During the last decade, Canada experienced unequal economic growth. As result, the Canadian government expanded its Temporary Foreign Worker Program, which led to an essential change of its purpose, making it easier for employers to recruit temporary foreign workers for lowskilled
jobs. In practice, TFWs are quite vulnerable without access to the same rights and privileges as Canadian citizens or permanent residents.
The purpose of this thesis is to analyze whether the Canadian government respects the rights of TFWs through its domestic regulations and if such laws protect the rights of TFWs in practice.
The thesis goal is to determine if the economic interest of the Canadian government and employers can be matched with international migrant rights’ standards. It investigates international standards related to the protection of human rights, including covenants, international treaties, and human rights committees. This thesis also discusses similar programs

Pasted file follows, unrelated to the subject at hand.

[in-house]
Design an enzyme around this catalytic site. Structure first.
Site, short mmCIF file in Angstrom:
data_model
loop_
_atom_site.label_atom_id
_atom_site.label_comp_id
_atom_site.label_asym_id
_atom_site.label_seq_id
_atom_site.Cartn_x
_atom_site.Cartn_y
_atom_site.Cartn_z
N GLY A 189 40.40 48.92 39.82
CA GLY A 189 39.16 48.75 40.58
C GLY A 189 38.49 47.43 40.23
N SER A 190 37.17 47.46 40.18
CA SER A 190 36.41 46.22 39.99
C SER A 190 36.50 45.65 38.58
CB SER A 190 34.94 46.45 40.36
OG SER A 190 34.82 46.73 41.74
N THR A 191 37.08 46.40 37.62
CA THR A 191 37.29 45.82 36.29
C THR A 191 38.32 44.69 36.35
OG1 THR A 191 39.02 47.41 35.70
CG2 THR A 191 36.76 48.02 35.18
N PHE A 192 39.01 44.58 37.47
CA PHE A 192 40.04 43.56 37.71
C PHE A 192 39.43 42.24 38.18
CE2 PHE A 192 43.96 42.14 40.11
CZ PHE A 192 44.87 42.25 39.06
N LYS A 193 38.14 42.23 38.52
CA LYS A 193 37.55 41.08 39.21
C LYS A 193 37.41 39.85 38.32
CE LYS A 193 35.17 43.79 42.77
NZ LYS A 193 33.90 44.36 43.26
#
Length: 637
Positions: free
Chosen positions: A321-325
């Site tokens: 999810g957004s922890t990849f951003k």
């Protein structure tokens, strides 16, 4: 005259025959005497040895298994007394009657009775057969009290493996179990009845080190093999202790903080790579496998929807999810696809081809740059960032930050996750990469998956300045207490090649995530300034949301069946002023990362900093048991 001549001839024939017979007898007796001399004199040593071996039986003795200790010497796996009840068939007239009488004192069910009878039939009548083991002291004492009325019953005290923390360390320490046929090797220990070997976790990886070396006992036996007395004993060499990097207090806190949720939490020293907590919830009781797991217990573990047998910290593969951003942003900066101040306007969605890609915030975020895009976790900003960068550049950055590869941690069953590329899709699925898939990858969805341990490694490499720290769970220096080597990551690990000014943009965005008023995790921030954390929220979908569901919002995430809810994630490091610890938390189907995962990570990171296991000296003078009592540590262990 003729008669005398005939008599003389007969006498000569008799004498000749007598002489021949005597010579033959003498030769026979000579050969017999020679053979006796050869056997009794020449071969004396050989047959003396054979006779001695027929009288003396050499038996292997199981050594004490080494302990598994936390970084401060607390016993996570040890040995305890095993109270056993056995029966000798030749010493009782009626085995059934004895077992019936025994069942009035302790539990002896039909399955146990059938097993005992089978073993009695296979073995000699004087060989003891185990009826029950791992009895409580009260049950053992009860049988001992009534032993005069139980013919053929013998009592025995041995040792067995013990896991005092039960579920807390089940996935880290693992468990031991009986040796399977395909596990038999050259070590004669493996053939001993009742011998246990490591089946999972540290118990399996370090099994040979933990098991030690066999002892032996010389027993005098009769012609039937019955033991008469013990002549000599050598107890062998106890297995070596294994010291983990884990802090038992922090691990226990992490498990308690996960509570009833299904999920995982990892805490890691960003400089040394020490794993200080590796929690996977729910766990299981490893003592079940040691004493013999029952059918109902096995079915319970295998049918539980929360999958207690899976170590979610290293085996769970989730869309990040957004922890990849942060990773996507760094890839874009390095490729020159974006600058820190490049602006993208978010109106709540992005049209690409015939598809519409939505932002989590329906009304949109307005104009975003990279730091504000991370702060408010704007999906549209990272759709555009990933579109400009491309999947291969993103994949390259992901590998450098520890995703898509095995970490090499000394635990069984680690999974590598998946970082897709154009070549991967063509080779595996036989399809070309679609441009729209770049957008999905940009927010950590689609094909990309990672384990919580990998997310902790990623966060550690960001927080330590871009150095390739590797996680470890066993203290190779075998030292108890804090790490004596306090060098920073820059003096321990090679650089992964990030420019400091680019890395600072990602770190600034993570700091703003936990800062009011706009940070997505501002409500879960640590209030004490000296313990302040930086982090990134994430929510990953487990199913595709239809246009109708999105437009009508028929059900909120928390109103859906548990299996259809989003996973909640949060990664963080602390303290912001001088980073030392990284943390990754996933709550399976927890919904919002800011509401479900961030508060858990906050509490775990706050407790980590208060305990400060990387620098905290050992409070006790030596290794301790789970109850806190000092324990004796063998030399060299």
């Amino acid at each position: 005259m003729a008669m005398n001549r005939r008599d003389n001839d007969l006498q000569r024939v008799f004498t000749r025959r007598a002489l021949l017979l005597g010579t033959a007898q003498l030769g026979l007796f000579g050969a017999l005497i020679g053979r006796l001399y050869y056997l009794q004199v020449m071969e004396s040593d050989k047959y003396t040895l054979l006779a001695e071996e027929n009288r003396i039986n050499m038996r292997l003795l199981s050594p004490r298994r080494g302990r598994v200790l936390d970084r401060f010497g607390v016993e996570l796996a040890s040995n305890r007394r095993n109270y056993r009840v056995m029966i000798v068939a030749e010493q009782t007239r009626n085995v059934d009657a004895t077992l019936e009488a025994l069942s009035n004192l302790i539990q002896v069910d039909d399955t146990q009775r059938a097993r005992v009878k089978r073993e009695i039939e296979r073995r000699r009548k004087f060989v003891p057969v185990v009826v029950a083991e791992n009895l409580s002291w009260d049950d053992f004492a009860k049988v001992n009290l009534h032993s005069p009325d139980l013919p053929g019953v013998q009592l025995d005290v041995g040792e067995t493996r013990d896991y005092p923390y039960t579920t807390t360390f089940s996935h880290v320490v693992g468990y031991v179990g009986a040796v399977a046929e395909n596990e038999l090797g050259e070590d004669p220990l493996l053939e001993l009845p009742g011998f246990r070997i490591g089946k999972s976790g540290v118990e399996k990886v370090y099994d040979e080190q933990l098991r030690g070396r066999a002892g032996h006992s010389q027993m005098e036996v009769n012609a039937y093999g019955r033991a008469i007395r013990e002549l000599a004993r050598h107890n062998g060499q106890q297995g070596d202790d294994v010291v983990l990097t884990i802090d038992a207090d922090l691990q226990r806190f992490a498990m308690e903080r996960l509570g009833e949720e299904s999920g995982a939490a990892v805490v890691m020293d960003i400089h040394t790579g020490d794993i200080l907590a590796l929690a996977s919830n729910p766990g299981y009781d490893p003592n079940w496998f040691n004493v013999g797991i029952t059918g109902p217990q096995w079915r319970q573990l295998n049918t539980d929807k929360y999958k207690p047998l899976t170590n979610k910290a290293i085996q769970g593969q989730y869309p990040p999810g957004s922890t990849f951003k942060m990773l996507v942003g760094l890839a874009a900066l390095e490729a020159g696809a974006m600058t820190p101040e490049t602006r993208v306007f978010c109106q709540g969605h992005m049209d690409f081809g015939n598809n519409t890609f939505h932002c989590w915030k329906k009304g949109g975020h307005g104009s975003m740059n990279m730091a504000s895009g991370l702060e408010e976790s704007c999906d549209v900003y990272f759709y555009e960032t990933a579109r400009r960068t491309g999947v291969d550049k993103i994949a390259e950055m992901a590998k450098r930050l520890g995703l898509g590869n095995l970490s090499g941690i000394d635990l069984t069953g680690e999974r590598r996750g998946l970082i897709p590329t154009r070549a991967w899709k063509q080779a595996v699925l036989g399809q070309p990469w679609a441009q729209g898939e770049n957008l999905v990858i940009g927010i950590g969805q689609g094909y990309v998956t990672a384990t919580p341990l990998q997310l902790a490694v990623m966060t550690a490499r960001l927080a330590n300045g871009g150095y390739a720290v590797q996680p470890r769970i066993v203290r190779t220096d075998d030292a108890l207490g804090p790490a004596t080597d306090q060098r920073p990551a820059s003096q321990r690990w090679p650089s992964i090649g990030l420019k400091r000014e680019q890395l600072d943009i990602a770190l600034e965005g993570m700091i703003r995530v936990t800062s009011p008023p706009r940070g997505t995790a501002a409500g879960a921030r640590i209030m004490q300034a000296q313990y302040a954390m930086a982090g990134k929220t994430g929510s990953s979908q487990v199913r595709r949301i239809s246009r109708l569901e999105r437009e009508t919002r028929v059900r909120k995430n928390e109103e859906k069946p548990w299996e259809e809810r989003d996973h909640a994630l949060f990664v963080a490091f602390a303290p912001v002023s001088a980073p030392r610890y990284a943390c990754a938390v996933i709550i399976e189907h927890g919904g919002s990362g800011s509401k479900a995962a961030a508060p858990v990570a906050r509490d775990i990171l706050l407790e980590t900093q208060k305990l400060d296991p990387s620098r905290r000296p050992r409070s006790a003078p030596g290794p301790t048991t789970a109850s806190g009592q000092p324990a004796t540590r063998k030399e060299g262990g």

governing TFWs in America, Germany, and Australia.
- Number of pages
University of Alberta
- Academic department
Faculty for Graduate Studies and Research
Masters of Laws
- Place published
- File Attachments
- Economic sectors
General relevance - all sectors
- Content types
Policy analysis and Current Policy
- Geographical focuses
Canada, Ontario, Alberta, Manitoba, Quebec, British Columbia, Other provinces, Federal, Nova Scotia, and National relevance
- Spheres of activity